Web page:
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Fitting in, moving up

Our society lives in separate spheres; one is invisible to the other. Those who have privilege simply do not see those who don’t

Fitting in, moving up

Rehana, in her mid-30s, does not meld in with the other mothers dressed in designer outfits outside the gates of one of Lahore’s more elite schools. But she is perhaps the proudest person standing there. Four months ago, the family she does domestic work for decided that as a good deed they would send her two children — Hassan, aged 8, and Uzma, 10 — to one of the best schools in the city, to try and give them the opportunities in life that so rarely come the way of persons without means and privileges.

Rehana was initially delighted, as she helped her children wear their new uniforms. But the coming days were darker. Both children reported bullying of various kinds and comments about their beliefs, since they are Christians.

The kids wanted to leave and go back to the far smaller and far less posh, and far more humble government school they had left behind. But Rehana’s employer asked to speak to them. She encouraged them to take the hard route in order to make life better for themselves in the end. Both the children agreed that they would stay at the school for at least a month.

Since then life has improved for them. But Uzma feels conscious on most social occasions about little little things such as the embroidered kameez and pants she’s wearing, compared to the off-shoulder tops and ripped jeans sported by her classmates.

There have been offers from other children to hand down their clothes. But Rehana has always refused to accept them. She herself will be hosting a birthday party for her children at her employer’s house soon.

The lack of sensitivity and the degree of stratification in our society on the basis of class is visible everywhere. Outside private clubs and some restaurants, there are signs that warn that domestic workers cannot be allowed in.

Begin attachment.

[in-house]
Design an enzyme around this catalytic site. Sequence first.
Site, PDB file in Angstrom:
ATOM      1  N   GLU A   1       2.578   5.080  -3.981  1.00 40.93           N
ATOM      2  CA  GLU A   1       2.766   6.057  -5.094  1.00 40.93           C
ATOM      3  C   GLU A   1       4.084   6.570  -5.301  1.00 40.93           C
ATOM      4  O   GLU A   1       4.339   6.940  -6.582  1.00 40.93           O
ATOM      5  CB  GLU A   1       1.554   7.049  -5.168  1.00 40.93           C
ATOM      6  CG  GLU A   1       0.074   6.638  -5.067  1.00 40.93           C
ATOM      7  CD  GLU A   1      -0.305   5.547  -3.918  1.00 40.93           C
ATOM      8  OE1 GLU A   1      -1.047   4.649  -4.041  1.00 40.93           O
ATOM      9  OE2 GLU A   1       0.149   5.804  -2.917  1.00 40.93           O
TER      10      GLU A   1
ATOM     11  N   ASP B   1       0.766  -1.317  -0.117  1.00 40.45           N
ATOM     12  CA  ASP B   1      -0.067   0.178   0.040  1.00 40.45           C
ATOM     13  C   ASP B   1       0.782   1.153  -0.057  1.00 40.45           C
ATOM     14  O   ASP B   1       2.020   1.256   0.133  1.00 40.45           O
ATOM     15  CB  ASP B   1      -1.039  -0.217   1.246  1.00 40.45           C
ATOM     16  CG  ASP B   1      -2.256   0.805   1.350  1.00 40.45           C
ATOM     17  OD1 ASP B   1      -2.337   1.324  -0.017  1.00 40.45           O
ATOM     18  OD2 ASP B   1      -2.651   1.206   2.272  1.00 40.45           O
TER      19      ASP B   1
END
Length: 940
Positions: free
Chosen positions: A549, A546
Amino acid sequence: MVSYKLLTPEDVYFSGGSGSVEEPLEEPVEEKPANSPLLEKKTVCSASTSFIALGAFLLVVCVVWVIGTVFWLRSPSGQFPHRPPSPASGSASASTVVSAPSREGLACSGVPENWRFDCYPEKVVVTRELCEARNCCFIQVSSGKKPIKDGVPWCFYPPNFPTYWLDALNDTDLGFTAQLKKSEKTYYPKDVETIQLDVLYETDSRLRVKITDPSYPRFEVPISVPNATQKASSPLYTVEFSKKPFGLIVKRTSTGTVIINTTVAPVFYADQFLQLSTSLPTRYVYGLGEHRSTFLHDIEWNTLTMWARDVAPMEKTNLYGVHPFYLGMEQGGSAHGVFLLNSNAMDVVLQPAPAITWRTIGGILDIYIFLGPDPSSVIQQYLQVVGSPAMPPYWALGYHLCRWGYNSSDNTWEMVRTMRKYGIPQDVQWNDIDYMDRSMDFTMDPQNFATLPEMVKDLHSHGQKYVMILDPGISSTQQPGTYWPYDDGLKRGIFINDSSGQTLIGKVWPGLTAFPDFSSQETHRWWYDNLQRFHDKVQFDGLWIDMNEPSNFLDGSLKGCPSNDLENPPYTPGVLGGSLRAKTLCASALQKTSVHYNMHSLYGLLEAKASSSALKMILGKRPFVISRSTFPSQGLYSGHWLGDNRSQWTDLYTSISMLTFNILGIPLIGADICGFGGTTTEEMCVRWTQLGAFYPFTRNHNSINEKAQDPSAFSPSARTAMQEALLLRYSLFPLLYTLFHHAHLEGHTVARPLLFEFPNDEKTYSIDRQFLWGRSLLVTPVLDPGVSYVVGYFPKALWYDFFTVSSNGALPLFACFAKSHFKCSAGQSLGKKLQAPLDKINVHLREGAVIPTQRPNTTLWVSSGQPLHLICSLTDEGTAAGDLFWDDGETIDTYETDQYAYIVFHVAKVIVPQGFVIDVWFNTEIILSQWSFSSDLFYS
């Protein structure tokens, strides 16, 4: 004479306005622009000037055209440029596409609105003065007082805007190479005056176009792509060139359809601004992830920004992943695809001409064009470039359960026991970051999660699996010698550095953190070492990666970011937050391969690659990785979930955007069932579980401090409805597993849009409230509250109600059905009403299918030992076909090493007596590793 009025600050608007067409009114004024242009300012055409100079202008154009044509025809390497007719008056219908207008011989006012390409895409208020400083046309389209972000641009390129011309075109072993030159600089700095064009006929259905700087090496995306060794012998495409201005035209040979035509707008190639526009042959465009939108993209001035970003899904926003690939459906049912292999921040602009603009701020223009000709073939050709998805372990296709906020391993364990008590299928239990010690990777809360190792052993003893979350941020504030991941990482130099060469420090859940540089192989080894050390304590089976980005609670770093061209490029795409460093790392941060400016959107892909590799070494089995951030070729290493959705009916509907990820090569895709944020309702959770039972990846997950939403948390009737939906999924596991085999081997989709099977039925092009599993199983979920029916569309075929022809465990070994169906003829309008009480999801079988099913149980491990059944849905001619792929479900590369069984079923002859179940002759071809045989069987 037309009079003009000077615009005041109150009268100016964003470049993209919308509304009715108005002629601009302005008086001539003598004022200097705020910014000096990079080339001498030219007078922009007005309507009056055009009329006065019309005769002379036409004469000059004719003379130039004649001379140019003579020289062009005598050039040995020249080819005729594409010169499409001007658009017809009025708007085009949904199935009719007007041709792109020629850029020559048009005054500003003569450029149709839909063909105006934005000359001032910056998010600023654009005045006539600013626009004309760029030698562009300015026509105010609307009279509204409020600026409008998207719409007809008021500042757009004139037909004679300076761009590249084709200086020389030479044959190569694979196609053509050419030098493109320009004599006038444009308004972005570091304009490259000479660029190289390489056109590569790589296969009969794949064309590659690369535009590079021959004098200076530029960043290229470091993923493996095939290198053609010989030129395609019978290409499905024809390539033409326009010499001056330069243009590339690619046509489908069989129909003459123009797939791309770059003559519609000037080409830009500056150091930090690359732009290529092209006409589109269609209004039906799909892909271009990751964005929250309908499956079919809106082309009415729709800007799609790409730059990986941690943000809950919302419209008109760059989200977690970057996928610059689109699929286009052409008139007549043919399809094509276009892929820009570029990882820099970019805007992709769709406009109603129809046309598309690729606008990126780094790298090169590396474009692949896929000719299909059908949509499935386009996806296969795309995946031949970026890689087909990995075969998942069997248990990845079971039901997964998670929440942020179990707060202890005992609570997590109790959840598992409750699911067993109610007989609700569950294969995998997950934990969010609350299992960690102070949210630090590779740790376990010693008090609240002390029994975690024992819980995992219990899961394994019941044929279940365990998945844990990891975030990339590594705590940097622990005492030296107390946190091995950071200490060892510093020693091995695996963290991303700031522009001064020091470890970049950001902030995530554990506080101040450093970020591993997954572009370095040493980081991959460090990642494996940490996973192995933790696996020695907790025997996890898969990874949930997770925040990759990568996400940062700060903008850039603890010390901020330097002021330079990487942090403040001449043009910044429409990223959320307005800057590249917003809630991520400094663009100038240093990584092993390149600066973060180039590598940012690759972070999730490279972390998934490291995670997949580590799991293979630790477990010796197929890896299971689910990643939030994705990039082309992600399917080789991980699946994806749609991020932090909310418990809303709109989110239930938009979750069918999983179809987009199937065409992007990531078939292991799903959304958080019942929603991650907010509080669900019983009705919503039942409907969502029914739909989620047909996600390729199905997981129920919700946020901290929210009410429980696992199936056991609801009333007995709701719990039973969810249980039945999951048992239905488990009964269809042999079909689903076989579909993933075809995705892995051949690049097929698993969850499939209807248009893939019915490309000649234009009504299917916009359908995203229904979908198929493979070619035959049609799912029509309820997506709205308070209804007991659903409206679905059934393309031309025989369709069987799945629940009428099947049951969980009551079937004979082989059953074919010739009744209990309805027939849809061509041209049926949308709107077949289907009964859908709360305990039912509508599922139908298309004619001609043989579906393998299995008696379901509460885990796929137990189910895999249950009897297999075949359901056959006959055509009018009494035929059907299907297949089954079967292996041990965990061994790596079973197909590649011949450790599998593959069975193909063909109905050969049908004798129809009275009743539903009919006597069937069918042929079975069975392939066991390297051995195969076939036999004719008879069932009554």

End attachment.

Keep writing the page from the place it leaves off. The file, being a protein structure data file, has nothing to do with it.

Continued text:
Despite the Domestic Workers’ Act which was introduced to safeguard the rights of our domestic staff, little seems to have changed with regard to social behaviour.

The lack of sensitivity and the degree of stratification in our society on the basis of class is visible everywhere. Outside private clubs and some restaurants, there are signs that warn that domestic workers cannot be allowed in.

We also see children outside, for instance, McDonalds, vending candyfloss or balloons or other trinkets, hoping to make a small earning to take home to their families. Few of those leaving the red and yellow arches even notice that they exist. Our society lives in separate spheres; one is invisible to the other. Those who have privilege simply do not see those who don’t. Sometimes they direct objectionable language towards them, or indicate that people who are poorer are lazy, inadequate, and unintelligent. None of this is true. Only when we are able to recognise this will there be any easing of the divide that has split our society into two distinct halves with further nuances separating segments within these into a further, carefully nuanced standing for every single member who lives in a town or city like Lahore.

Mishael Hyat Ayub

Mishael Hyat Ayub
The author is an IB student and national swimmer who is particularly interested in social and humanitarian issues.

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